The company has been making wireless messaging/email-centric devices for more than two decades, and though it has recently lost nearly all of its market share to Google (GOOG) and Apple (AAPL), BlackBerry is still producing a solid platform and worthy devices to help power users take care of business.
Without much fanfare BlackBerry has released its new Leap smartphone, a candy-bar shaped handset without a keyboard. The Leap is like an updated Q10, which was a larger version of the company's first modern-day device, the Z10.
BlackBerry is well aware that modern-day businesses can use Androids or iPhones to get things done but it's still making devices for the super-power-users of the world, who will hopefully appreciate how the company's latest Hub software system excels at handling numerous messaging accounts in a single, secure, easy-to-use app.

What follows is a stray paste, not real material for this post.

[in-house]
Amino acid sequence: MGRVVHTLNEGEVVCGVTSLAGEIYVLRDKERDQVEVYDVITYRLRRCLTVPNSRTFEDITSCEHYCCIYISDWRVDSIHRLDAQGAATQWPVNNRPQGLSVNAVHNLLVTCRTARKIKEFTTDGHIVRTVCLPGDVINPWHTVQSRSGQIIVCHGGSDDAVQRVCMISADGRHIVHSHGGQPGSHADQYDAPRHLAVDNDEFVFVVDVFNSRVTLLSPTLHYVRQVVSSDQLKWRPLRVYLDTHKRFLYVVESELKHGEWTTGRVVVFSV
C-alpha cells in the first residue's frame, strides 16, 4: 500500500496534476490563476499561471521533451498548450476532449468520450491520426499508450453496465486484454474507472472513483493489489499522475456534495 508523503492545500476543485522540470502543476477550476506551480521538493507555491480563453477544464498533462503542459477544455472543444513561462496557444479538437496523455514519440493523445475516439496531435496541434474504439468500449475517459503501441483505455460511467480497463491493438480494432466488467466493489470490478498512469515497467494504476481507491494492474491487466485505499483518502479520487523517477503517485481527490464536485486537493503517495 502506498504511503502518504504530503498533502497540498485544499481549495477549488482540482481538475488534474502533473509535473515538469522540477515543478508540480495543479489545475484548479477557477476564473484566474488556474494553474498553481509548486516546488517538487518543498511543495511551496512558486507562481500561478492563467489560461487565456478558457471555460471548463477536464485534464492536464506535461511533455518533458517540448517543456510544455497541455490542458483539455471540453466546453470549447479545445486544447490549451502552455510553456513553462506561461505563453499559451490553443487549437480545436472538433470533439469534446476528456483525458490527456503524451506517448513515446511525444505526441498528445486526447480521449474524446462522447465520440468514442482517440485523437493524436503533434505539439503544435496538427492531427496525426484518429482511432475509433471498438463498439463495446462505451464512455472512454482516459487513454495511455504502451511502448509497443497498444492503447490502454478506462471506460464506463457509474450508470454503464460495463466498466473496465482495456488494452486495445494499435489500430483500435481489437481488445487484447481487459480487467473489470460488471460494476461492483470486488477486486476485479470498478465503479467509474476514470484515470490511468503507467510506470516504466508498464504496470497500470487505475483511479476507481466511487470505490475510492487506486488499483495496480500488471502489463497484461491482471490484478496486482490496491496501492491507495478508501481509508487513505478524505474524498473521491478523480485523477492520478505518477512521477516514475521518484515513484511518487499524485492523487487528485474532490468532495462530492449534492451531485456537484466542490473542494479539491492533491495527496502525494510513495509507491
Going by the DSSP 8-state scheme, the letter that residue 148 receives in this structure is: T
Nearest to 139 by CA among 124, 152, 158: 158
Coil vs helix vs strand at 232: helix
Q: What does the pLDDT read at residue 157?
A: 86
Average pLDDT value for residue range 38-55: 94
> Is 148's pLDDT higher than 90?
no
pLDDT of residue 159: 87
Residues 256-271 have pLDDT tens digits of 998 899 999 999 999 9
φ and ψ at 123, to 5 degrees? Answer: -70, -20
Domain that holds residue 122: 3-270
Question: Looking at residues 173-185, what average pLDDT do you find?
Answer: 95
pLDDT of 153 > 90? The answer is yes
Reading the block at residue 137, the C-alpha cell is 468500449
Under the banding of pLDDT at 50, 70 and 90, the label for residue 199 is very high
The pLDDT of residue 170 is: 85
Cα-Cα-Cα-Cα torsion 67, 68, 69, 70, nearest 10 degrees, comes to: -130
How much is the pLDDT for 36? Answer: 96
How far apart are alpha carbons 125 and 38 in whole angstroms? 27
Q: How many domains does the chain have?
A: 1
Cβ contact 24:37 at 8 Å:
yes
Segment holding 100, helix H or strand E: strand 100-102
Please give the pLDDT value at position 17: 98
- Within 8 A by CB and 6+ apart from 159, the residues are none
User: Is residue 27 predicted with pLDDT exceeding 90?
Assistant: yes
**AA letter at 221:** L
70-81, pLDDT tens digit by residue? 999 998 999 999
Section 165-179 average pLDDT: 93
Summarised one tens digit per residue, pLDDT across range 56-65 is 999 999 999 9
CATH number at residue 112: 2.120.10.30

The Leap measures 5.67 by 2.87 by 0.37 inches and weighs 6 ounces. It provides users with a 5.0-inch HD display (1280 by 720 pixels, 294 ppi, 16:9), a 1.5 GHz, dual-core, Qualcomm (QCOM) Snapdragon S4 Pro processor, 2 GB of RAM and 16 GB of internal storage, a microSD expansion card slot (up to an additional 128 GB), and 8 and 2 megapixel cameras back and front.
These are not the most impressive specs you'll see for a high-end smartphone. Obviously, BlackBerry thinks the components they've chosen deliver enough raw oomph to accomplish its goals.